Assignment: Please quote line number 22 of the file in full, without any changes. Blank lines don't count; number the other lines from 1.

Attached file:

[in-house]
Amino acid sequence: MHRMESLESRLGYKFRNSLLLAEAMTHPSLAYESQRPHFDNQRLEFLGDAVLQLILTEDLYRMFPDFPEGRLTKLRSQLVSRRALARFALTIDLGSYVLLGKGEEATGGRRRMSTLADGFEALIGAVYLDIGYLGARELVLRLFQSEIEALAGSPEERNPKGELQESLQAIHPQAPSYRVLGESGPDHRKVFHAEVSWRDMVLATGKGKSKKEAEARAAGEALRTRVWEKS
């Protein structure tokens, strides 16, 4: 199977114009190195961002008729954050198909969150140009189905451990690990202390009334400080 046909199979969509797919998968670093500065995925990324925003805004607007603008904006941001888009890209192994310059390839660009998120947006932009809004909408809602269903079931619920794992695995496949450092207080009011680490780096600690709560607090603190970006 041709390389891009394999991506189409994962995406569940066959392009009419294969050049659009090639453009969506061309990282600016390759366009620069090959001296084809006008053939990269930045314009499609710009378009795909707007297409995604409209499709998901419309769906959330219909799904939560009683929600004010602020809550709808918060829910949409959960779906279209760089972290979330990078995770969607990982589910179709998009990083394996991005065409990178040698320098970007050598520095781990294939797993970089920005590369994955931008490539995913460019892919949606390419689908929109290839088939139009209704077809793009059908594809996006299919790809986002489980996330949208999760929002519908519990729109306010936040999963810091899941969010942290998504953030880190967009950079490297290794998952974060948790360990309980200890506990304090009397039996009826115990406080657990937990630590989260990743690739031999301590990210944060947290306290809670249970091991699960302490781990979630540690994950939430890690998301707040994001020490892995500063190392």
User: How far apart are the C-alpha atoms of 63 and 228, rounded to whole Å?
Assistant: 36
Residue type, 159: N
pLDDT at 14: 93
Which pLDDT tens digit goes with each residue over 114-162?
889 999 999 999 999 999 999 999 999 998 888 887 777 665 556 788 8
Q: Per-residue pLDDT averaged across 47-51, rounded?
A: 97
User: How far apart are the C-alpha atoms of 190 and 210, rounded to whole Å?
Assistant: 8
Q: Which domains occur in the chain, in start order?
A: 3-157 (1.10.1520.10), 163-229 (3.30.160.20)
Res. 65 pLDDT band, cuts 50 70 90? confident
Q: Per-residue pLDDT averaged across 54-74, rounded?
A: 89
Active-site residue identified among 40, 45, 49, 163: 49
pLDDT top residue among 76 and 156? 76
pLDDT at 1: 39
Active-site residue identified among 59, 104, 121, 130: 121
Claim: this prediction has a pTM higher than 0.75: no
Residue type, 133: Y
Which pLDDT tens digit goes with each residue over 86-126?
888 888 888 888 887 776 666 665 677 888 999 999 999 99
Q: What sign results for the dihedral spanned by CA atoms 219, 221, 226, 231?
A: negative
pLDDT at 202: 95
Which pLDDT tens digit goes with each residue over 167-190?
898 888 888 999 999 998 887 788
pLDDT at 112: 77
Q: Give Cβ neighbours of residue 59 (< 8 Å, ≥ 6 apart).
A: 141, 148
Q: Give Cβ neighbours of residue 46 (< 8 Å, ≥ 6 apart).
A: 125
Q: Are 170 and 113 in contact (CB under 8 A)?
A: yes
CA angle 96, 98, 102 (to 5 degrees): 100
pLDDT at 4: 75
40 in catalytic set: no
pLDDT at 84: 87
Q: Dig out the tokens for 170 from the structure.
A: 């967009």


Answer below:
Active-site residue identified among 59, 104, 121, 130: 121